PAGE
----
You will probably see this editorial, one of the most famous ever written, all over the Internet this Christmas season. It was written in 1897 in response to a letter by 8-year-old Virginia O'Hanlon. Yes, you may see it all over the Internet, but you will also see it here. The answer to her question gives, in my opinion, one of the best definitions of what Christmas, and Santa Claus, is all about.

Dear Editor -

I am 8 years old.

Some of my little friends say there is no Santa Claus.

Papa says, “If you see it in The Sun, it’s so.” Please tell me the truth: Is there a Santa Claus?

Virginia O’Hanlon 115 W. 95th St.

Virginia, your little friends are wrong. They have been affected by the skepticism of a skeptical age. They do not believe except they see. They think that nothing can be which is not comprehensible by their little minds. All minds, Virginia, whether they be men’s or children’s, are little. In this great universe of ours, man is a mere insect, an ant, in his intellect, as compared with the boundless world about him, as measured by the intelligence capable of grasping the whole of truth and knowledge.

Yes, Virginia, there is a Santa Claus. He exists as certainly as love and generosity and devotion exist, and you know that they abound and give your life its highest beauty and joy. Alas! How dreary would be the world if there were no Santa Claus. It would be as dreary as if there were no Virginias.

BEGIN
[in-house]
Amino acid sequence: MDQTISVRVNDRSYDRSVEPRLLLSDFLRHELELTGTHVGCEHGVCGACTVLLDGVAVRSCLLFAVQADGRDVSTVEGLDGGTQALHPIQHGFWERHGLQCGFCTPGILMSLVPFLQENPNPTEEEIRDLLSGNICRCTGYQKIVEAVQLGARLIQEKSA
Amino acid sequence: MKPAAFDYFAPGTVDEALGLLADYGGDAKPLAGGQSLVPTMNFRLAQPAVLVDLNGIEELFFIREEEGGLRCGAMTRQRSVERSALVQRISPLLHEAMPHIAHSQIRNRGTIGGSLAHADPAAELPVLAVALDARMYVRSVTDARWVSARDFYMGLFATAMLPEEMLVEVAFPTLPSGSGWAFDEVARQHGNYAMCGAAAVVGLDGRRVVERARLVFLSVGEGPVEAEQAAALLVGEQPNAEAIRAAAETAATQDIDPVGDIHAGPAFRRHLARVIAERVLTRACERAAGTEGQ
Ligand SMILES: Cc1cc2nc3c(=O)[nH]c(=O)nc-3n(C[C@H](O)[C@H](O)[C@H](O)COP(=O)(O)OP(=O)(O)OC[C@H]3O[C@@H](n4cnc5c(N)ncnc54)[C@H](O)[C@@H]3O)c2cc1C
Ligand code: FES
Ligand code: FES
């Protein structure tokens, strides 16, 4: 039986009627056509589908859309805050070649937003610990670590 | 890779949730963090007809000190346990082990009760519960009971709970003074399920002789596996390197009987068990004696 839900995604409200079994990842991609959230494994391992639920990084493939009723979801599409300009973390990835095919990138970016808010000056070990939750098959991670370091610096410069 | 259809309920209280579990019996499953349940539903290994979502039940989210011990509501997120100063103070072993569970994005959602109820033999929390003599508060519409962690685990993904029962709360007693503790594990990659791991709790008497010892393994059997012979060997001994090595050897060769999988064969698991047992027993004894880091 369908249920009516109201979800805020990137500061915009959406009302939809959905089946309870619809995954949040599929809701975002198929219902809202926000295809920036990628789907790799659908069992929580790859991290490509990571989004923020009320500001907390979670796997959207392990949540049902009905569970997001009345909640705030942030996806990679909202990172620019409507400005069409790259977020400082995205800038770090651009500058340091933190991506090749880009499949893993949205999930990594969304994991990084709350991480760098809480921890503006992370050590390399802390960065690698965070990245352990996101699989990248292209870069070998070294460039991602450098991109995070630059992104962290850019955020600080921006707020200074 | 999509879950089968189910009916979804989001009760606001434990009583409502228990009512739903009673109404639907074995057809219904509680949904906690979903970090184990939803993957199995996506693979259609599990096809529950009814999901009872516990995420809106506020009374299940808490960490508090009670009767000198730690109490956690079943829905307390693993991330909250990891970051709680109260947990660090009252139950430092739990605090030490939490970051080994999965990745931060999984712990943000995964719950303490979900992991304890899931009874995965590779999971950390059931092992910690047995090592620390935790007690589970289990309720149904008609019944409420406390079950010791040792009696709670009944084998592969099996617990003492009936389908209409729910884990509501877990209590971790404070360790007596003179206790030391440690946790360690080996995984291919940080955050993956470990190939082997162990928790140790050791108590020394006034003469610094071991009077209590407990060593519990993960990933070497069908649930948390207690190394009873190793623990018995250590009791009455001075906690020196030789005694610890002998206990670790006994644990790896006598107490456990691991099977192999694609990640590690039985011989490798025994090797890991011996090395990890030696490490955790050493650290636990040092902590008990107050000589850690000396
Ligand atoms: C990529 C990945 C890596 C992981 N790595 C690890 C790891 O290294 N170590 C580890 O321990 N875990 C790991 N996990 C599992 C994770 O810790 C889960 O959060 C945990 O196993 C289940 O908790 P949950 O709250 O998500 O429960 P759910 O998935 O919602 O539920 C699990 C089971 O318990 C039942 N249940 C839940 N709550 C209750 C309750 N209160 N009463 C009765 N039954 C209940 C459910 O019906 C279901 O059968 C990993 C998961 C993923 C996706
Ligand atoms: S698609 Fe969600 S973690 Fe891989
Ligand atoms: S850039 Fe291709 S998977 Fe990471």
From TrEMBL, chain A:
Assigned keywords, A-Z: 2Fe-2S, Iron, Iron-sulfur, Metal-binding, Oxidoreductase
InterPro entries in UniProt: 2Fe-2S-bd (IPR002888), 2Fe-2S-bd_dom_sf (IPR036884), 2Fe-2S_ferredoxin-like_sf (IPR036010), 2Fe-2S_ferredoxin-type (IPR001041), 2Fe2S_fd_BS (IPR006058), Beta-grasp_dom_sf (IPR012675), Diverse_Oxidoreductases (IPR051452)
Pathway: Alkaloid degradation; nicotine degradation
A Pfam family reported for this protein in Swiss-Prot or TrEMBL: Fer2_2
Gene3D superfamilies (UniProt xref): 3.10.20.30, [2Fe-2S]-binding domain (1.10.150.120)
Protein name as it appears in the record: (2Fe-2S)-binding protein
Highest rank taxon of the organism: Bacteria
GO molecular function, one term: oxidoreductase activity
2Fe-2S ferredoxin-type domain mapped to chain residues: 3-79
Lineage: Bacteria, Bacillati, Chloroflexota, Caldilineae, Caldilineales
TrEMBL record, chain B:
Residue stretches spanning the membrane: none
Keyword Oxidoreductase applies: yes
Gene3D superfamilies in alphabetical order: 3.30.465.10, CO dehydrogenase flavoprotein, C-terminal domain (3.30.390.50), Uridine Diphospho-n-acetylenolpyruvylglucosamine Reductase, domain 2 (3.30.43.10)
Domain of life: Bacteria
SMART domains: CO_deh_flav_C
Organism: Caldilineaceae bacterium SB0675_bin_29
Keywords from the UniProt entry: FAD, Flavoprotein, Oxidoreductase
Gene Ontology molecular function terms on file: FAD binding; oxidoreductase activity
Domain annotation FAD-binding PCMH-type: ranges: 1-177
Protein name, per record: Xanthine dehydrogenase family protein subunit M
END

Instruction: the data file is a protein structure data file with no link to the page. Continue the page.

There would be no childlike faith then, no poetry, no romance to make tolerable this existence. We should have no enjoyment, except in sense and sight. The eternal light with which childhood fills the world would be extinguished.

Not believe in Santa Claus! You might as well not believe in fairies! You might get your papa to hire men to watch in all the chimneys on Christmas Eve to catch Santa Claus, but even if they did not see Santa Claus coming down, what would that prove? Nobody sees Santa Claus, but that is no sign that there is no Santa Claus. The most real things in the world are those that neither children nor men can see.

Did you ever see fairies dancing on the lawn? Of course not, but that’s no proof that they are not there. Nobody can conceive or imagine all the wonders there are unseen and unseeable in the world.

You may tear apart the baby’s rattle and see what makes the noise inside, but there is a veil covering the unseen world which not the strongest man, nor even the united strength of all the strongest men that ever lived, could tear apart. Only faith, fancy, poetry, love, romance, can push aside that curtain and view and picture the supernal beauty and glory beyond. Is it all real? Ah, Virginia, in all this world there is nothing else real and abiding.

No Santa Claus! Thank God! he lives, and he lives forever. A thousand years from now, Virginia, nay, ten times ten thousand years from now, he will continue to make glad the heart of childhood.

I believe in Santa Claus. I believe in the inherent goodness and generousity of human beings. Unfortunately, we hear mostly the bad things and so seldom hear the good. When we hear the good, it's usually at Christmas or Thanksgiving. Sometimes we hear the good things when someone needs or wants publicity for one reason or another. There's usually an ulterior motive for the good to be told. I know that good people do good things all the time. I just wish we'd hear more of it all year long.